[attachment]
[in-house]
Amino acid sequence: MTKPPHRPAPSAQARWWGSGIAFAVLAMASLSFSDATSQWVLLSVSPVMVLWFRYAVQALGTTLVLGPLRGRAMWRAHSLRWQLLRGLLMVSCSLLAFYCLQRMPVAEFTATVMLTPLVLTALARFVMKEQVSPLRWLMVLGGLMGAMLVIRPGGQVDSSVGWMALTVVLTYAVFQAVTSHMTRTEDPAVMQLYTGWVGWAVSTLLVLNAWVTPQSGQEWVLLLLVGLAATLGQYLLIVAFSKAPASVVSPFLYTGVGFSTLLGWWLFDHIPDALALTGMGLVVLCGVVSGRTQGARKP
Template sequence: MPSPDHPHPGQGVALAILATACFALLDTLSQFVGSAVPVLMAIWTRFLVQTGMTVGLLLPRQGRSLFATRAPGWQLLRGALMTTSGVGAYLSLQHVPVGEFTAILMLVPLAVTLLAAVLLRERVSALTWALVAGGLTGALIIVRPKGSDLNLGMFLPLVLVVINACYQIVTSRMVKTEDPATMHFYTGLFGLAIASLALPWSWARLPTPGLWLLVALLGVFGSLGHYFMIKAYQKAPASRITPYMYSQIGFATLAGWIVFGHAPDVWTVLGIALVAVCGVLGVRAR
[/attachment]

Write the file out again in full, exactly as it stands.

[in-house]
Amino acid sequence: MTKPPHRPAPSAQARWWGSGIAFAVLAMASLSFSDATSQWVLLSVSPVMVLWFRYAVQALGTTLVLGPLRGRAMWRAHSLRWQLLRGLLMVSCSLLAFYCLQRMPVAEFTATVMLTPLVLTALARFVMKEQVSPLRWLMVLGGLMGAMLVIRPGGQVDSSVGWMALTVVLTYAVFQAVTSHMTRTEDPAVMQLYTGWVGWAVSTLLVLNAWVTPQSGQEWVLLLLVGLAATLGQYLLIVAFSKAPASVVSPFLYTGVGFSTLLGWWLFDHIPDALALTGMGLVVLCGVVSGRTQGARKP
Template sequence: MPSPDHPHPGQGVALAILATACFALLDTLSQFVGSAVPVLMAIWTRFLVQTGMTVGLLLPRQGRSLFATRAPGWQLLRGALMTTSGVGAYLSLQHVPVGEFTAILMLVPLAVTLLAAVLLRERVSALTWALVAGGLTGALIIVRPKGSDLNLGMFLPLVLVVINACYQIVTSRMVKTEDPATMHFYTGLFGLAIASLALPWSWARLPTPGLWLLVALLGVFGSLGHYFMIKAYQKAPASRITPYMYSQIGFATLAGWIVFGHAPDVWTVLGIALVAVCGVLGVRAR